I've been looking at the antiphons in the 1912 Antiphonale and realizing that setting an antiphon tune to English seems much more complicated than setting an 8888 hymn tune to English. I've been trying to do it with the ferial antiphons for the Magnificat, as an exercise, and am realizing how specifically they are adapted to the Latin words and stress patterns. So probably going with the expertise of someone like Canon Douglas might be best. Can you comment on how the MDN does the antiphons--is there any comparison to the Antiphonale settings, or are they completely different? I'll probably buy the book anyway, but it will still take a few weeks to arrive, and I'm curious.

bls said...

Thanks for the link, Derek; that's an interesting book that will take me quite awhile to get through. Once I brush up on my Latin, that is. ;-)

BTW, here's a tantalizing sneak peek abstract of a paper that seems to be just the sort of thing I'll want to be looking for:

"The basic question of the paper is, whether the medieval institutions can be identified by the means of musical analysis. Two series of examples are documented, variants with clear characteristics. In the first series the same antiphon text is associated with two or more tunes; in the second series the same antiphon tune is managed in different tonal interpretations linked to regions. At last, one single example shows that even small melodic variants may emerge consequently in the use of individual dioceses or religious orders. The elements defined this way, identify, of course, the given centre not in their singularity but only in conjunction."

Anonymous said...

Derek --

The MDN antiphons will be different in some cases from the Antiphonale, because the monastic antiphoner has traditionally been different from the secular one. There's less variation in the antiphons on the Magnificat and Benedictus, but I couldn't really hazard a guess as to how often they are the same.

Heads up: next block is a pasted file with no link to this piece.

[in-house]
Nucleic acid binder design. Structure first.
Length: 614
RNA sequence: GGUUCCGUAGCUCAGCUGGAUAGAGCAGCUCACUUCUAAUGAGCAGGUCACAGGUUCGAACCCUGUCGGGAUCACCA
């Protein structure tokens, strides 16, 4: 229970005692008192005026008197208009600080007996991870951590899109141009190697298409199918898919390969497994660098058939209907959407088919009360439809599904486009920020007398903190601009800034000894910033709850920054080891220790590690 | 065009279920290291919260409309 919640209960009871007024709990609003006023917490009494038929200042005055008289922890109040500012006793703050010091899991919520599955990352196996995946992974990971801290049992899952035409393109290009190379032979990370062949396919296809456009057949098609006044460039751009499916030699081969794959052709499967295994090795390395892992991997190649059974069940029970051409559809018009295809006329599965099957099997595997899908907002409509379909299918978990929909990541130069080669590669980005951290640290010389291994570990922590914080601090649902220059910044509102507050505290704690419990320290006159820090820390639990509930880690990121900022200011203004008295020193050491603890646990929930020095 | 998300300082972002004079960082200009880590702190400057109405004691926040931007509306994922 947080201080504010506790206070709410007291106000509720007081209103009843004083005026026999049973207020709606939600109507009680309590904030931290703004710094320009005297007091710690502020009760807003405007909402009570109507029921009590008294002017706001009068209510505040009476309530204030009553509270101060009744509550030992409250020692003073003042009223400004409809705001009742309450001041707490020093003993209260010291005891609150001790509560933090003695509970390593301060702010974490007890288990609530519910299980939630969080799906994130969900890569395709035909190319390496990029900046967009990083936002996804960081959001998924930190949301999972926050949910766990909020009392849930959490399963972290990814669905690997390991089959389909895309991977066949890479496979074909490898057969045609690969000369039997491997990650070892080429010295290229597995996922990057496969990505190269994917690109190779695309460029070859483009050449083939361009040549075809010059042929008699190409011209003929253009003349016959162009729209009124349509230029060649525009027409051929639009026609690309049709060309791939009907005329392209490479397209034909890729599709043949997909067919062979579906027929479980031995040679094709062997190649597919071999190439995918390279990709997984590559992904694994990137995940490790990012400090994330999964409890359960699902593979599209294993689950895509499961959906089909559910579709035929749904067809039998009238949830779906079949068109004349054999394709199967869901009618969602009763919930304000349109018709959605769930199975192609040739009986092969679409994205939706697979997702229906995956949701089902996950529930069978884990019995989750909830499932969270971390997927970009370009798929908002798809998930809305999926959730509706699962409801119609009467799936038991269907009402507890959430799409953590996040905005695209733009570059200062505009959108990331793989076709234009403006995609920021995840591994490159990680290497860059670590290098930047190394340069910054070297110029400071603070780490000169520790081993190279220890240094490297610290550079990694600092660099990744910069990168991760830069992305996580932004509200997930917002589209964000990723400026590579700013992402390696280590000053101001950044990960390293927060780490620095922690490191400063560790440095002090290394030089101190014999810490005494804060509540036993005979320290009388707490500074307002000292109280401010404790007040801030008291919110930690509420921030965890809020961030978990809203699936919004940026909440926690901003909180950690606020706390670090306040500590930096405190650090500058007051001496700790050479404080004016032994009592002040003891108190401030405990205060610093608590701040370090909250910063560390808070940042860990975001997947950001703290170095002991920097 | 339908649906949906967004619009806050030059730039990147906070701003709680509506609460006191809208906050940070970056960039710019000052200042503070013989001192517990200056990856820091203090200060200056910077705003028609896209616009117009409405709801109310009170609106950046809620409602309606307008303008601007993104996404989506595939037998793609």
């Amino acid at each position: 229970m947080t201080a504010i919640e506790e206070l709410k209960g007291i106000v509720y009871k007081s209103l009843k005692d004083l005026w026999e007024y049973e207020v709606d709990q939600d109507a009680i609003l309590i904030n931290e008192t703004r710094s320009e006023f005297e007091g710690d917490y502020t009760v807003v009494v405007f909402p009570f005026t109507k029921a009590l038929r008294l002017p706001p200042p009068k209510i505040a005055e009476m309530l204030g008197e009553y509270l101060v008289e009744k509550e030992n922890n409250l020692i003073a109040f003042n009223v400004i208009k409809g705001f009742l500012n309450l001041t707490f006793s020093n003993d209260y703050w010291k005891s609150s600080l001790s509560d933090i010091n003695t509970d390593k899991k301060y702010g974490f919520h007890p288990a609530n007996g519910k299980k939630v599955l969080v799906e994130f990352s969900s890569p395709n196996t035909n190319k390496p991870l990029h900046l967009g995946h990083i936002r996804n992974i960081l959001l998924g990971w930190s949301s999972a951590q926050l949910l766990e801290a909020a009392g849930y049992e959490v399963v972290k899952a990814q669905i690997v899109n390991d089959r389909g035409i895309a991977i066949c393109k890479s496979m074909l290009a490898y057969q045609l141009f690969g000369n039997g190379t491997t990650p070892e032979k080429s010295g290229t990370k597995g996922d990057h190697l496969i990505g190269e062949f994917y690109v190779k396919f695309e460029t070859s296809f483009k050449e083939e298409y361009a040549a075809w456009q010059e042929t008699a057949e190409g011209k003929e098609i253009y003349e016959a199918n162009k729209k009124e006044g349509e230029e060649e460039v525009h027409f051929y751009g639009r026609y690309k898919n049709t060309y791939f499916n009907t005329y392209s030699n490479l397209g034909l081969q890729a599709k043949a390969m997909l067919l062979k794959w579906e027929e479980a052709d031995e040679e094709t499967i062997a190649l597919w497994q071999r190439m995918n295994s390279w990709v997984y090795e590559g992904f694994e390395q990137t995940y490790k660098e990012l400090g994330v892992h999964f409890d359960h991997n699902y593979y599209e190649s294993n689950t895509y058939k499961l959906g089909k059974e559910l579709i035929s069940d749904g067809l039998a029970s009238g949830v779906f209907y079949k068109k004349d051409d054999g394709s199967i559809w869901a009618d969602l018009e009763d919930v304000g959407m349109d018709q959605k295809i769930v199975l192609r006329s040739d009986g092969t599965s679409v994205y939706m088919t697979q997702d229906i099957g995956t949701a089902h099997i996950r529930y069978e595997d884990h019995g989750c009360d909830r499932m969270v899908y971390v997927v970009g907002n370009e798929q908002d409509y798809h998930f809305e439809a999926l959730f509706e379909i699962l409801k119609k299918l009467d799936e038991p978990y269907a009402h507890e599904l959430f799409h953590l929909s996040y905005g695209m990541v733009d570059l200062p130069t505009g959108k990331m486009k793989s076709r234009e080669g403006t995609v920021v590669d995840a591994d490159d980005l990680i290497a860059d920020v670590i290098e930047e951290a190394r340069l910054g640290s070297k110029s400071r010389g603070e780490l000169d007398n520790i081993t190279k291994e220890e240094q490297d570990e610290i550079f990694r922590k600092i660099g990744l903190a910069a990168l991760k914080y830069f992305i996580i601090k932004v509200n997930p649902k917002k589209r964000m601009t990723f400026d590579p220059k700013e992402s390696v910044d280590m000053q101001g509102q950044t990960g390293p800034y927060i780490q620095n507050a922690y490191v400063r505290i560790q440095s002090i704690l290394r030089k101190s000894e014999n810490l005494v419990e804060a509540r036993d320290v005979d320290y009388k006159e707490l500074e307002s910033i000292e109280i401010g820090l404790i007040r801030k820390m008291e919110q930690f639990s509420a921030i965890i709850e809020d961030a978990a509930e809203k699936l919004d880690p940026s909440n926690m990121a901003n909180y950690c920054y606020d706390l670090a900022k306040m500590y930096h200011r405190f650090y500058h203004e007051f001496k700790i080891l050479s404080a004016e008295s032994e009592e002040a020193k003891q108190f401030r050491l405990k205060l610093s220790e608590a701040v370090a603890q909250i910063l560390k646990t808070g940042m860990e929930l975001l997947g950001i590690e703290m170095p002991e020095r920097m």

You're right, though -- adapting an antiphon is much harder than the hymn work I've done, because usually there aren't even the same number of syllables in English as in Latin. Canon Douglas seems to have preserved the tunes as best he can -- for instance, the great "O antiphon" melodies are absolutely recognizable in English in the MDN. In fact, they're very, very close to the Latin melodies. How close other antiphons are to the Latin originals, I dunno.

bls said...

(I did also read somewhere that there were 47 different melodies for antiphons, that all antiphon tunes were variations based on them.

But now I can't find that reference, and it is sort of a strange number, anyway, isn't it? I can't seem to believe it, myself - and anyway "all" is just going to be a heck of a lot. There are certainly many regional variations I know of already, including in the tunes of the Great "O"s themselves. And then there are Byzantine Catholic Chants which have started to get very different also, leading into the Eastern Orthodox stuff, eventually.

It's really an interesting topic, but very wide-ranging, I think.)

Anonymous said...

bls, I was interested to note in that post you put up on the Codex Calixtinus, how the structure of Cathedral Matins nocturns is described as consisting of "nine antiphons with their corresponding psalms and nine lessons with their responsories," compared with the monastic version which has "twelve antiphons and twelve responsories." Is this bizarre to anyone else? I understand that in terms of the order of events in the office, the antiphon does precede the Psalm (as the lesson precedes the responsorium)--but which is the central element, in this writer's view? Shouldn't it be the Psalm text? Isn't the purpose of an antiphon to highlight a meaning in the Psalm, or to make a link between the Psalm and the Gospel reading of the day's mass? Still, it does back up what you both were saying, about how, technically speaking, the antiphon governs the Psalm and thus sets the psalm tone. Structurally, in terms of its role in dictating how the office will be chanted, the antiphon is the more important feature.

I am wondering if this had something to do with Cranmer's excision of antiphons, given his concern to foreground the scriptural text he felt was lost under the floridity of the medieval chant.

Fr Chris, thanks very much for your help regarding the Diurnal. I think I will get one, particularly now because I'm curious to see how Douglas dealt with transposing from the Latin!

Also, bls, that article looks interesting. I'll be waiting to hear what you glean from it.